I can’t imagine anyone would have an issue with service dogs, as long they’re well trained. There seems to be a lot of people bitching about older dogs being switched for younger ones and then the old one being rehomed, but 1. I’m sure the dog will get tired of leading their person round when they’re old and 2. I bet there’s a really long line of people wanting to adopt a well trained lab. Besides, many remain with their partner.

8 thoughts on “How do vegans feel about guide dogs?”

  1. Hey!! Love this perspective, I’ve never really thought about guide dogs from a vegan perspective. Also, do you have a good email to reach you? I can’t seem to find one on your website.

  2. there is this group I am in facebook which is a local help group for vegans … one of the admins totally hates on guide dogs, but it is clear that the guy has no idea of how training is done, which is a really damaging thing when you take things like veganism to an absolute extreme. For one I would also argue that these places, the foundations that train the dogs will not force them into that lifestyle and will find adoptions for these dogs should they not be successful when training, and also they are always on top of the very latest dog research. Furthermore, whenever I went to their seminars they always talked that working as a team with your dogs was always behavioral and social based, not the silly pop culture stuff that says that dogs work in pack and that you are the leader of the pack and so on. They do their work for praise, for love that you will show to them and it is a very social kind of work between you and the dog. You never leave him and there comes a point where it gets so easy that when you go out for work for example, the dog will even memorize your route. I have never in my life or in news or from absolutely anyone, heard of a distressed, traumatized guide dog after finishing their career, or a guide dog that got all kinds of limb fractures, or that these dogs have to be subjected to the horrible cruelty of the meat industry when they die or retire. In fact, mental work is interesting, fun and necessary for the dog to have a plentiful life. Some of them get distressed indeed, but only when their companion, in other words, the person, leaves them for too long! and that happens to everyone… humans included. I think that nowadays activists are just trying to grab more attention than what it is necessary… I would all my life prefer to see a guide dog that is truly well cared for rather than the Yulin festival which sadly, by the way, will just probably still go on forever.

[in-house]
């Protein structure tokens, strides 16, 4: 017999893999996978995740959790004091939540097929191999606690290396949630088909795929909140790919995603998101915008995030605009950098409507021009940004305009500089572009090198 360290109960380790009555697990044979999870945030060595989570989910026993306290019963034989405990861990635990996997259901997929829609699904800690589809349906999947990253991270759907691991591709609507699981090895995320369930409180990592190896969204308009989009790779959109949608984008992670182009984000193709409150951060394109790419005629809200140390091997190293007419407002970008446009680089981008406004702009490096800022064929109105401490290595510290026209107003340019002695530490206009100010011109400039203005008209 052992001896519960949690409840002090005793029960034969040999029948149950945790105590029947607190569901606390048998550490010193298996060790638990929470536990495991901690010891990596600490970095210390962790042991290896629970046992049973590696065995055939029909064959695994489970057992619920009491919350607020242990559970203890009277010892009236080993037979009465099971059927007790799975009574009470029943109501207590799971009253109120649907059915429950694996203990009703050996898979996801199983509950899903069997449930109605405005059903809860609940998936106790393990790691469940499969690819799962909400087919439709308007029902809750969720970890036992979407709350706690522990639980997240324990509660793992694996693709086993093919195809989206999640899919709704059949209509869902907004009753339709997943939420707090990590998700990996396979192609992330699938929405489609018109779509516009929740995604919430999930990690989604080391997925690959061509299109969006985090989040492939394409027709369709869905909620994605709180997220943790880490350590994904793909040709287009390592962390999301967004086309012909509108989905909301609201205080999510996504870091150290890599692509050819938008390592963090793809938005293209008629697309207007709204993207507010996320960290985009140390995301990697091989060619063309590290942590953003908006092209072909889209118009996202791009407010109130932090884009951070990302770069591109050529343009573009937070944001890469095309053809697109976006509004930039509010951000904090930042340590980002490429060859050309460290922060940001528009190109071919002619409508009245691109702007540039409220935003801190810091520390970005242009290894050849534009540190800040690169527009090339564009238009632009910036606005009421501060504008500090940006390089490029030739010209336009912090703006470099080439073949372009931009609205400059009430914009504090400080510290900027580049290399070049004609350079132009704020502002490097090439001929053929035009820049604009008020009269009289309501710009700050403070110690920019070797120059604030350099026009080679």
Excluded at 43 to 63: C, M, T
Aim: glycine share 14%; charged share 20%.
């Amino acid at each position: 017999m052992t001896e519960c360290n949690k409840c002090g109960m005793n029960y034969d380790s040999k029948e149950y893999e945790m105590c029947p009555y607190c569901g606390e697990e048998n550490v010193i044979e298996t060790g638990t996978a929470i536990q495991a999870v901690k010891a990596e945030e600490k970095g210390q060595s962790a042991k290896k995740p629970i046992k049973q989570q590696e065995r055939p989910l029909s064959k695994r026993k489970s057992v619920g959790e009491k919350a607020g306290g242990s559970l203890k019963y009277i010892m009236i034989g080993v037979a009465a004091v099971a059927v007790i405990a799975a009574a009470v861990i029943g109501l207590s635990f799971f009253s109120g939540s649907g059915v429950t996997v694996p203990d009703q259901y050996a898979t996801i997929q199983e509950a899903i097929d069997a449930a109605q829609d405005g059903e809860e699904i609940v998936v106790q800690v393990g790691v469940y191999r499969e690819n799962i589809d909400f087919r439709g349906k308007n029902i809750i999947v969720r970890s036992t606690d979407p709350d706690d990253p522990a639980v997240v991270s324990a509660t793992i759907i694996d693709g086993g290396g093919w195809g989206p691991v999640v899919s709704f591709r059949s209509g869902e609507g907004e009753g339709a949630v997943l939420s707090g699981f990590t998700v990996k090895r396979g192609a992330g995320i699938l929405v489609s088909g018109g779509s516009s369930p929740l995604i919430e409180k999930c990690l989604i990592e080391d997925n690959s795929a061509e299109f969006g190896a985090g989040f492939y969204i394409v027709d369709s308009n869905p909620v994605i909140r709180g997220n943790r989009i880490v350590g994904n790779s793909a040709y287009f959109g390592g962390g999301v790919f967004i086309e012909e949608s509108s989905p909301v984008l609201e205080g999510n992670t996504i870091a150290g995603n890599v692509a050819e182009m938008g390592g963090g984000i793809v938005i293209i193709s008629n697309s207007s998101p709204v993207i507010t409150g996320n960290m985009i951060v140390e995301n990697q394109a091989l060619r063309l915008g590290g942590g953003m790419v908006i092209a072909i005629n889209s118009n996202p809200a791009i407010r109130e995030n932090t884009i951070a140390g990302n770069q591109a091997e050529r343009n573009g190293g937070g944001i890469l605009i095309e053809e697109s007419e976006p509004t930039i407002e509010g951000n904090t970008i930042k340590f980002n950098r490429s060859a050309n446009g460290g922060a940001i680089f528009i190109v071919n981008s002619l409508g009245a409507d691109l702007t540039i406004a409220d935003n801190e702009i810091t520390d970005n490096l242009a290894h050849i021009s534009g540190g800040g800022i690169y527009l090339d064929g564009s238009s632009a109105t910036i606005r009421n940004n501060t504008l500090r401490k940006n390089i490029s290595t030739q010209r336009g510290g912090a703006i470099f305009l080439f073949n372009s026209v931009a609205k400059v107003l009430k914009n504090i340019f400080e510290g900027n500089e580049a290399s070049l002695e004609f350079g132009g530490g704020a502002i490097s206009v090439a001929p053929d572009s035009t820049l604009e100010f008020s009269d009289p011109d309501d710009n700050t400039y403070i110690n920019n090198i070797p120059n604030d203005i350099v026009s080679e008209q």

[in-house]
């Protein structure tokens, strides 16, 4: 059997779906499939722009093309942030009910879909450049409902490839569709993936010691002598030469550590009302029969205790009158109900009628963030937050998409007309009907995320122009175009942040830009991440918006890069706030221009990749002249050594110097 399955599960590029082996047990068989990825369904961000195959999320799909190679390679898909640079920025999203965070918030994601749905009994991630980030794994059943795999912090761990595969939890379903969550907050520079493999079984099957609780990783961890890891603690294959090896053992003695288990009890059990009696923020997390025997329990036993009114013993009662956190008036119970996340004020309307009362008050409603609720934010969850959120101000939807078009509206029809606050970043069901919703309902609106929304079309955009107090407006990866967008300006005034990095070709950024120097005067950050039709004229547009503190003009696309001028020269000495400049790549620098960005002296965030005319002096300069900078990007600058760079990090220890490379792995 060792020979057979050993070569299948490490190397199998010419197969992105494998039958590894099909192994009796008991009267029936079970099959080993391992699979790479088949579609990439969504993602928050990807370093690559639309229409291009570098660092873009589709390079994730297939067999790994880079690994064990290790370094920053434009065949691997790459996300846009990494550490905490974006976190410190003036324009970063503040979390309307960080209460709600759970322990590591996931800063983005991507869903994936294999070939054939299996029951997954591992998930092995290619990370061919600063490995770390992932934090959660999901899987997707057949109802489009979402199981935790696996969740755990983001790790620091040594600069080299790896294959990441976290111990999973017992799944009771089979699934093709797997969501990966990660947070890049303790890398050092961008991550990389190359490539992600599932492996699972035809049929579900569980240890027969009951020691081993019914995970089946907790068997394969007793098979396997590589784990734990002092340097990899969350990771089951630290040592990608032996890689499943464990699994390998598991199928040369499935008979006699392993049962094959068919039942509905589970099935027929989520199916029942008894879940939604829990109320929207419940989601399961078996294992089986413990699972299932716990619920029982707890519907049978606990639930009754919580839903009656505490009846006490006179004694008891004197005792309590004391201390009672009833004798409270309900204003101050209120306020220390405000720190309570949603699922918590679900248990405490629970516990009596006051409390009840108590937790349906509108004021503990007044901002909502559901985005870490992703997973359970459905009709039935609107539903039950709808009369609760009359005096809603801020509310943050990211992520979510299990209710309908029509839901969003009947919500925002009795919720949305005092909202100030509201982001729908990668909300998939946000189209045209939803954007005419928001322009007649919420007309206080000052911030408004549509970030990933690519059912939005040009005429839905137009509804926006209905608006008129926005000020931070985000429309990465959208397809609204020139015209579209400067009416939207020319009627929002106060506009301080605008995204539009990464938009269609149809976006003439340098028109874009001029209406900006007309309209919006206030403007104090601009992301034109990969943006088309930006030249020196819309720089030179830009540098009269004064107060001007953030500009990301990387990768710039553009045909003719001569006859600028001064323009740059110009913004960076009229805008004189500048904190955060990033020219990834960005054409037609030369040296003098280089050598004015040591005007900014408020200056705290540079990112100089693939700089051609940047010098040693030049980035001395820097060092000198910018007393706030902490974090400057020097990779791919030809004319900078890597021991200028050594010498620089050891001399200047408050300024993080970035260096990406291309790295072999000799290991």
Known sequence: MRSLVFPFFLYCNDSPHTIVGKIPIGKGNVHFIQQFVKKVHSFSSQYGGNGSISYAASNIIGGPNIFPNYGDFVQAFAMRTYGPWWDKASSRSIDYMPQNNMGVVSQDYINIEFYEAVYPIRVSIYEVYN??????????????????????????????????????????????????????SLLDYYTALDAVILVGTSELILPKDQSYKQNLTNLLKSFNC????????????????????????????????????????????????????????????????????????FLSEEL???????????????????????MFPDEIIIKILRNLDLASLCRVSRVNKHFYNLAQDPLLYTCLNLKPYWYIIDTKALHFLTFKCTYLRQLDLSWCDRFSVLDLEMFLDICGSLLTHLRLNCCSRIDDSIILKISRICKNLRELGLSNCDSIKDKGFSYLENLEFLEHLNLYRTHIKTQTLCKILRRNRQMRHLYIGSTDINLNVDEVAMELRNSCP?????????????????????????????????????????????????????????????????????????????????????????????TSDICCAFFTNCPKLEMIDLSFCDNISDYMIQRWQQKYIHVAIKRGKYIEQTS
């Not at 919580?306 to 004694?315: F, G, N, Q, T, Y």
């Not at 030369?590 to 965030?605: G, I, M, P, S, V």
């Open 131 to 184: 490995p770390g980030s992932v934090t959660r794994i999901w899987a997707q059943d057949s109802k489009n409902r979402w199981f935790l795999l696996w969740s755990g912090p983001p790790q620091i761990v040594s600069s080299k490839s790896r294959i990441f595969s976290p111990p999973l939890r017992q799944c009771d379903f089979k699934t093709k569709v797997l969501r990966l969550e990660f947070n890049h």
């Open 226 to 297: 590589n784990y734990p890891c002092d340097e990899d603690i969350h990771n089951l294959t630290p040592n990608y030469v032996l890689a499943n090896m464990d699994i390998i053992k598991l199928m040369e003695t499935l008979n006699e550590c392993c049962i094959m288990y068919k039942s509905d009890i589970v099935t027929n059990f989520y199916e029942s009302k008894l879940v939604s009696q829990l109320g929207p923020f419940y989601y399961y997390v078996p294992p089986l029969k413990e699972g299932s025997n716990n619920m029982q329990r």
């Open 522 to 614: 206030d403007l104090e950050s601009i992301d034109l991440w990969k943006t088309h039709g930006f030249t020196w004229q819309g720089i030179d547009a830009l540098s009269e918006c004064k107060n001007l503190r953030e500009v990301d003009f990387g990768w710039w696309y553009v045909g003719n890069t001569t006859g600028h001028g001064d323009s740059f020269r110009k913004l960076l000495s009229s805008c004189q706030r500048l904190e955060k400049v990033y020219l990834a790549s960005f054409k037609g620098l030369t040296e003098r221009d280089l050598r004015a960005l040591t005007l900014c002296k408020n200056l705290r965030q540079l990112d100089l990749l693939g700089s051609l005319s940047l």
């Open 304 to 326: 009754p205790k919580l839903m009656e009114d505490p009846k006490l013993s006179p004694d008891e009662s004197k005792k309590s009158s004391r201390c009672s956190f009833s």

• The whole debate around pets is a difficult one, made ever more difficult by people that mistreat animals.

      The thing is, if dogs are going to have jobs, being a guide dog is an incredible one. They’re trained well and adopted out if they’re not up to the task (which isn’t always the case with e.g. greyhound racing) and usually treated well.